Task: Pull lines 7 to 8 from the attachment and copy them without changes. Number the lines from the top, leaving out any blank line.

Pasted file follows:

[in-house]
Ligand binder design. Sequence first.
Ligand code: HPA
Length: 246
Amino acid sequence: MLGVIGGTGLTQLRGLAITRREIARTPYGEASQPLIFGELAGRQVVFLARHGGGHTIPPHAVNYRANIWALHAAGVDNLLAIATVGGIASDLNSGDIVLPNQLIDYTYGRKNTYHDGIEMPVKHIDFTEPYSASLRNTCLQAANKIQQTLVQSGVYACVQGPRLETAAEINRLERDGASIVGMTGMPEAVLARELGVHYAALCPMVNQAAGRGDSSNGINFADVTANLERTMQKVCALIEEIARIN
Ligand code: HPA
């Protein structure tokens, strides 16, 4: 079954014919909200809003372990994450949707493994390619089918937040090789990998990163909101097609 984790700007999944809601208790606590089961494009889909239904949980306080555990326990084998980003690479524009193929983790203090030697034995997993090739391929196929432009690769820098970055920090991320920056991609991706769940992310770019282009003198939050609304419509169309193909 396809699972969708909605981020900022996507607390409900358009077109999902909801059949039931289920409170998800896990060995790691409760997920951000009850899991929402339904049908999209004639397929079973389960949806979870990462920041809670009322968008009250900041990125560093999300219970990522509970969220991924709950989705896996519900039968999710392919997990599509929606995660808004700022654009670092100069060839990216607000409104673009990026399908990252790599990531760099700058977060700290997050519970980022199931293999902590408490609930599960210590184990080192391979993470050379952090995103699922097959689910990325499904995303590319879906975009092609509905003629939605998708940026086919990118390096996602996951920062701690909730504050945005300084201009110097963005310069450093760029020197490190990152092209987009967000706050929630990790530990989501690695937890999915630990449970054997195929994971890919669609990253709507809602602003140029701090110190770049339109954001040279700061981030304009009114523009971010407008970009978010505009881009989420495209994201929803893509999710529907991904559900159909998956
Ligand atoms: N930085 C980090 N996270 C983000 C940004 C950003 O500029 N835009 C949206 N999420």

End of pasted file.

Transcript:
């Protein structure tokens, strides 16, 4: 079954014919909200809003372990994450949707493994390619089918937040090789990998990163909101097609 984790700007999944809601208790606590089961494009889909239904949980306080555990326990084998980003690479524009193929983790203090030697034995997993090739391929196929432009690769820098970055920090991320920056991609991706769940992310770019282009003198939050609304419509169309193909 396809699972969708909605981020900022996507607390409900358009077109999902909801059949039931289920409170998800896990060995790691409760997920951000009850899991929402339904049908999209004639397929079973389960949806979870990462920041809670009322968008009250900041990125560093999300219970990522509970969220991924709950989705896996519900039968999710392919997990599509929606995660808004700022654009670092100069060839990216607000409104673009990026399908990252790599990531760099700058977060700290997050519970980022199931293999902590408490609930599960210590184990080192391979993470050379952090995103699922097959689910990325499904995303590319879906975009092609509905003629939605998708940026086919990118390096996602996951920062701690909730504050945005300084201009110097963005310069450093760029020197490190990152092209987009967000706050929630990790530990989501690695937890999915630990449970054997195929994971890919669609990253709507809602602003140029701090110190770049339109954001040279700061981030304009009114523009971010407008970009978010505009881009989420495209994201929803893509999710529907991904559900159909998956
Ligand atoms: N930085 C980090 N996270 C983000 C940004 C950003 O500029 N835009 C949206 N999420």